• @TheRare Explanation added ;) Jul 17 '14 at 18:09
• It's black magic. +1 Jul 17 '14 at 18:20
• This is the kind of thing Perl was made for, unsurprising it does so well. Jul 19 '14 at 11:35

# Bash+coreutils, 120 ASCII, 92 Unicode

### ASCII:

c=clock
f(){ echo $[++i],$[++i], $[++i] o\'$c, $[++i] o\'$c rock,;}
f
f
f

# Brainfuck, 1299

Bleuuuurgh. That was terrible. I don't know why I did this, it seemed quite easy at the start. First and probably last Brainfuck script. Try it here.

With some help from an automated code generator, I was able to write a script which reused most of the characters instead of generating each one from scratch. It's only 275 characters shorter than the one automatically generated, posted here.

The output isn't newline-terminated.

I might put a bit of explanation in later on. Essentially, any long line which isn't something like >>>>>>> or <<<<<<< or >>.>>.>>.>>. generates a character or a series of them.

-[----->+<]>--.
>
++[------>+<]>+.------------.
[-]<<+.>
++[------>+<]>+.------------.
[-]<<+.>
++++[->++++++++<]>.
>
+[------->++<]>+.
>
+[------->+++<]>++.
>
--[----->+<]>---.
>
+[------->++<]>--.
>
+[------->++<]>+.
>
--[----->+<]>---.
>
+[----->+++<]>++++.
>
++[------>+<]>+.
>
++++[->++++++++<]>.
<<<<<<<<<<<<<<<<<<<<+.
>>.>>.>>.>>.>>.>>.>>.>>.>>>>.
>
+[--------->++<]>.
>
+[------->++<]>+.
>
--[----->+<]>---.
>
+[----->+++<]>++++.
<<<<<<<<<<.
<++++++++++.
<<<<<<<<<<
<<<<<<<
+.
>>>>>>>>>>
>>>>>>>>.
<<<<<<<<<<
<<<<<<
.<<+.
>>>>>>>>>>
>>>>>>>>.
<<<<<<<<<<
<<<<<<
.<<+.
>>.>>.>>.>>.>>.>>.>>.>>.>>.
<<<<<<<<<<
<<<<<<
.<<+.
>>.>>.>>.>>.>>.>>.>>.>>.>>>>.
>>.>>.>>.>>.
<<<<<<<<<<.
<.
<<<<<<<<<
<<<<<<<<
+.[-]<
++[------>+<]>+.
>>.
[-]<<[-]<
-[----->+<]>--.-.
[-]<
++[------>+<]>+.------------.
[-]<
-[----->+<]>--..
>
++++[->++++++++<]>.
>>.>>.>>.>>.>>.>>.>>.>>.>>.
>>>>>>>>>
-[----->+<]>--.+.
<<<<<<<<<
<<<<<<<<<
<<<<<<<<<
<.
>>.>>.>>.>>.>>.>>.>>.
>>>>.
>>.>>.>>.>>.
>>[-]
++[------>+<]>+.>++++++++++.
>
+[--->++<]>+.++[->++++<]>+.---[->+++<]>+.-[->+++<]>.-------------.--[--->+<]>-.++[->+++<]>+.++++++++.-..-------------.
<<<<<<<<<<
<<<<<<<<<.
>>.>>.>>.>>.
<<[-]<<[-]<<[-]<<.
>
--[----->+<]>-----.--[--->+<]>---.---.++++++.-------.----------.
[-]<<<.
>
--------[-->+++<]>.------------.---.
<<.
<<<<<<<<<<
<<.
>>.>>.>>.>>.
>>>>.
>>[-]
--------[-->+++<]>.-----.-.-----.--.+.++++++++++++.[++>---<]>.


# Lua - 217164154151149 143

Modified the old one to use a loop instead, saves a boat-load of characters. Thanks to TeunPronk for helping me shave off another 10 characters and to WilliamBarbosa for shaving off another 3 characters. 2 more characters can be saved by using the variable k. 6 more characters are saved by eliminating the variable r=" rock," since it is used once.

o=" o'clock"c=", "w=io.write k=1+1 for i=1,11,k+k do w(i,c,i+1,c,i+k,o,c,i+k+1,o," rock,\n")end w("We're gonna rock around the clock tonight.")


Ungolfed,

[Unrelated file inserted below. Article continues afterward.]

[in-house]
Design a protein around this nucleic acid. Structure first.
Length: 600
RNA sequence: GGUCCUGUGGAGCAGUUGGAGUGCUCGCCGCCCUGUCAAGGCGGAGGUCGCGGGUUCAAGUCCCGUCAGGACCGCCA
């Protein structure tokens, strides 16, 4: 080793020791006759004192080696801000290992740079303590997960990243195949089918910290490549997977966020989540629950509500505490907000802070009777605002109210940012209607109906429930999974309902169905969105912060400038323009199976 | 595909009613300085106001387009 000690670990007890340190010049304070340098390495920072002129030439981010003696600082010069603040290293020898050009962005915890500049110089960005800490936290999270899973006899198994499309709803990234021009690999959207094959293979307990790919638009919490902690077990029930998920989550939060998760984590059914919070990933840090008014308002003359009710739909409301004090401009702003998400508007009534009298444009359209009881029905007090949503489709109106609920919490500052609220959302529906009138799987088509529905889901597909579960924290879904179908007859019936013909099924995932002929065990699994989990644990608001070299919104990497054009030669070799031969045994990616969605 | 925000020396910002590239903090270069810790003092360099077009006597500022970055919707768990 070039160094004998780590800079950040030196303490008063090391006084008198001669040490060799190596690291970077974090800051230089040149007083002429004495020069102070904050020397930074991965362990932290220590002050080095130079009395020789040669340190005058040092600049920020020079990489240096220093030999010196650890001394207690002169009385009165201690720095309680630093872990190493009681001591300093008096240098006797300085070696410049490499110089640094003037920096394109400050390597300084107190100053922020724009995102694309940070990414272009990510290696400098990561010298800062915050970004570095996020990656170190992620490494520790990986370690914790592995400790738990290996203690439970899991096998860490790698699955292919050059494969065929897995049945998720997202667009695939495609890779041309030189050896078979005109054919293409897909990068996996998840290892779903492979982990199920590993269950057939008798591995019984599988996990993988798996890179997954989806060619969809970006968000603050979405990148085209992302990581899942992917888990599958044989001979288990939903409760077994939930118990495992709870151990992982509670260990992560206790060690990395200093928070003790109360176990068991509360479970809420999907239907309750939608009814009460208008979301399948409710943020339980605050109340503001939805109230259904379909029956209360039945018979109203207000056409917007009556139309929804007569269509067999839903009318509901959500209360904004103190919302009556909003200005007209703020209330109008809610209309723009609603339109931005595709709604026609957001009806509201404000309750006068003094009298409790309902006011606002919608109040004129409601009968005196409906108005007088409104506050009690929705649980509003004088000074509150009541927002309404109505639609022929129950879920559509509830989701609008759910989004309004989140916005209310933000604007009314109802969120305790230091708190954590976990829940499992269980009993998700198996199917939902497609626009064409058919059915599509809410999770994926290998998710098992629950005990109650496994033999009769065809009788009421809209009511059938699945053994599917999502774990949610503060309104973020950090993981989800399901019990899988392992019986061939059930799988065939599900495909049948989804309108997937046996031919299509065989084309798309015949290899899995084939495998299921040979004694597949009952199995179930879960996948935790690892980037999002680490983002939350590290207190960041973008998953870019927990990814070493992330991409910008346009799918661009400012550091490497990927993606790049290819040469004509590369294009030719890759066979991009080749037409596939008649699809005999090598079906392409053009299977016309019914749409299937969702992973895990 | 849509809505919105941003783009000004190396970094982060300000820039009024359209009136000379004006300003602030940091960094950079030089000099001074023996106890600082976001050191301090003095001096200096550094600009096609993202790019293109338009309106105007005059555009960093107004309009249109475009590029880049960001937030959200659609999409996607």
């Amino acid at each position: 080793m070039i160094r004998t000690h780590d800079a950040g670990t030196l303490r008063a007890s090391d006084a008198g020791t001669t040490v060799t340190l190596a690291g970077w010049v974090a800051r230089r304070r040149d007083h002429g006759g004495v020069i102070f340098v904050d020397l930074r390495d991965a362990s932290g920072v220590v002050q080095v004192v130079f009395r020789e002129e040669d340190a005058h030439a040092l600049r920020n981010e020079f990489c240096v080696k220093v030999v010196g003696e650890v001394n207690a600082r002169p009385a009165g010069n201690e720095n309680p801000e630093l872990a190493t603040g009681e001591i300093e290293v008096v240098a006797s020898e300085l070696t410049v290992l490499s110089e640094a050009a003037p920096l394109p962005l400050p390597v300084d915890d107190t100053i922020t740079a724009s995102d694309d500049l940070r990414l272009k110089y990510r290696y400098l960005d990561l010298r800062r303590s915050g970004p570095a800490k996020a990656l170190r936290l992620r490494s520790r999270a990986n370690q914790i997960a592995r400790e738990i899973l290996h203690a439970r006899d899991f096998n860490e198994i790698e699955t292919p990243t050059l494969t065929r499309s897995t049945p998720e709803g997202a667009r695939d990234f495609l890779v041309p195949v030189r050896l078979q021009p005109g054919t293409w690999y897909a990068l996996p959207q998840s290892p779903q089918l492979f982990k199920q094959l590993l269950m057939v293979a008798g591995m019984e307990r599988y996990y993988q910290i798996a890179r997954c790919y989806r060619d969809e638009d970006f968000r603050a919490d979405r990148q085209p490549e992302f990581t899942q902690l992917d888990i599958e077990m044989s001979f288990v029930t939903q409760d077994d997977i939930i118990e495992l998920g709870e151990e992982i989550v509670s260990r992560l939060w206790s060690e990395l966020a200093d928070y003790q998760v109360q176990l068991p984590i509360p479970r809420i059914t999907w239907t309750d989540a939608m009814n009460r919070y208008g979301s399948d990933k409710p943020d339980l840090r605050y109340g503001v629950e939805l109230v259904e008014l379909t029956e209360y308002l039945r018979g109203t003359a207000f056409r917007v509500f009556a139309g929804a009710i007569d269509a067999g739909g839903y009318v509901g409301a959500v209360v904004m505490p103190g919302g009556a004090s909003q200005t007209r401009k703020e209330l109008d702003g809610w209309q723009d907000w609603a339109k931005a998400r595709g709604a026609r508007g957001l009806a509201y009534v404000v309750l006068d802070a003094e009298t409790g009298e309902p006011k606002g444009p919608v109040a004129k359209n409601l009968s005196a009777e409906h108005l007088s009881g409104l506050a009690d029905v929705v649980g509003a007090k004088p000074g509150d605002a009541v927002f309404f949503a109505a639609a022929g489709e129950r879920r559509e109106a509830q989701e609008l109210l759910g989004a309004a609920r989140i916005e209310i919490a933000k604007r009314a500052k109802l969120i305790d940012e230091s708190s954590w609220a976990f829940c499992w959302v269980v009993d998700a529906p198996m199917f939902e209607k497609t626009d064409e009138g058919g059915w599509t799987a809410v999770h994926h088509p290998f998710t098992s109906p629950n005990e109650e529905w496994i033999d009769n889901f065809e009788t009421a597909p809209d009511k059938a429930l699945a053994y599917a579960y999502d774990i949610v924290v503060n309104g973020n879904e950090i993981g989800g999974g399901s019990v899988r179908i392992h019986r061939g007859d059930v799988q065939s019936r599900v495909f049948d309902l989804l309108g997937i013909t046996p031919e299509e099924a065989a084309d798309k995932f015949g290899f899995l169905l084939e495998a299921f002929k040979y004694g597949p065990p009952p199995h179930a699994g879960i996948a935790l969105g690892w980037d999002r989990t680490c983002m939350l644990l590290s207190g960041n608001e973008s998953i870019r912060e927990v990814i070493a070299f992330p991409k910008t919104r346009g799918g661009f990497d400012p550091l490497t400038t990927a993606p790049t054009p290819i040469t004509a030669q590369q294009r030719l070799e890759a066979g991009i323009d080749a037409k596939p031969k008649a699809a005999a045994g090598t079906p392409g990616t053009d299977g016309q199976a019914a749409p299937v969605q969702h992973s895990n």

o=" o'clock"
c=", "
w=io.write
k=1+1
for i=1,11,k+k do
w(i,c,i+1,c,i+k,o,c,i+k+1,o," rock,\n")
end
w("We're gonna rock around the clock tonight.")

• I wonder if it might be shorter if you use a loop instead of j and k. Jul 17 '14 at 14:20
• @TeunPronk: haha, I was just changing that as your comment pinged me Jul 17 '14 at 14:20
• You can bring it down to 157. You dont need the comma after every 3rd number. Put the space infront of O, remove O from R, place a space in R and replace R by O,R in your io.write :) Jul 17 '14 at 14:29
• @TeunPronk: Updated. Thanks for your help! Jul 17 '14 at 14:32
• You can store io.write in a variable (f=io.write) and reduce this even further Jul 17 '14 at 15:48

# CJam - 90 ASCII / 54 Unicode

ASCII:

{{T):T}:F~", ":CFCF" o'clock":OCFO" rock,
"}Z*"We're gonna rock around the clock tonight."


Unicode:

"ξ漰㠬༳ᆧᶃ㸩씪咦⏚騤䖫퍃᰽薂ᴤਥ궋씻㱗㽫Ƶꐥ勋䎔䃱魠ꝯ朐酠礢璿狮꓈执낦덋觫ᥛ琚"GZ)#bBC*b:c~


• Your unico... "This answer has been edited." Oh, nevermind. Jul 17 '14 at 12:57

# Python (123)

print((1+1+1)*"%i, %i, %i o'clock, %i o'clock rock,\n"%tuple(range(1,11+1+1))+"We're gonna rock around the clock tonight.")


# PYG (112)

P((1+1+1)*"%i, %i, %i o'clock, %i o'clock rock,\n"%T(R(1,11+1+1))+"We're gonna rock around the clock tonight.")


# Brainfuck - 680

test it here: ideone.com/Wi9ftB

>>>++++[>+++++++++[>+++[<<<<+<+>>>>>-]<<<+<<<+<+>>>>>>-]<-]+<++++++++<+++<---------<++++++++
++++<----<++++++++++<+++[>>>+.>>>.<<<<.>>>>>>[>[<<<<<<--------.-.>>>.<<<<.>+..<.>>>.>-----.<
------------.+++++++++.+++.------------.++++++++.++++>+++++.<<<<.>.+.>>>>->>-]+<<+>-]+<[<<<<
+.>>>.<<<<.>+.<.>>>.>-----.<<.>---.+++.<.>----.++++>+++++.<<<<.>+.>>>>-]<<<<<.>>>.>-----.<<.
>---.+++.<.>----.<<<.>>>+++++++.---.<.>----.++++>+++++.<<<<<.<-]>[>>++++<<-]>>---.[-]<[>+<-]
>>++.>>-----.<+++.<.<.>++.>---.-..<------.<.>>++++.---.<++.>----.<<.>--.>+++++++.---.++++++.
-------.<+++.<.>>++++++.<++++.---.<.>--.>--------.+++.<.>----.<<.>>+++++++++.-----.-.-----.-
-.+.>[>+++<-]>-.<<<---[>>+<<--]>>--.


as i promised, here's a better version. my brain feels like.. ooh so that's where the name comes from.

explanation: (because it is unmaintainable and i don't want to forget how it works)

firstly you have to choose the best data layout for this challenge. i came up with

-4 outmost loop -3 newline char -2 space -1 numbers 1 lowercase #1 2 lowercase #2 3 comma, apostrophe, period 4 condition (outmost loop < 3) 5 inner loop 6 second inner loop

We have to belive this is optimal unless there will be too many shifts (which case you have to rearrange the layout)

After that I used a 4x9x3 loop to set the starting values for newline, number, the two lowercase letter and the comma. (all the smaller ascii codes got 4x9=36 and the two lowercase letter got 4x9x3=108, then I added and substracted some to get their real value)

When the preset is done, the code enters the outmost loop that cycles 3 times. I explain it by pseudocode.

for 3 to 1 where i = numbers
print '++i, '
while inner_loop != 0              # this is true after the first loop
while second_inner_loop != 0   # and this is true after the second
print '10, 11 o'clock, 12' # prints the difference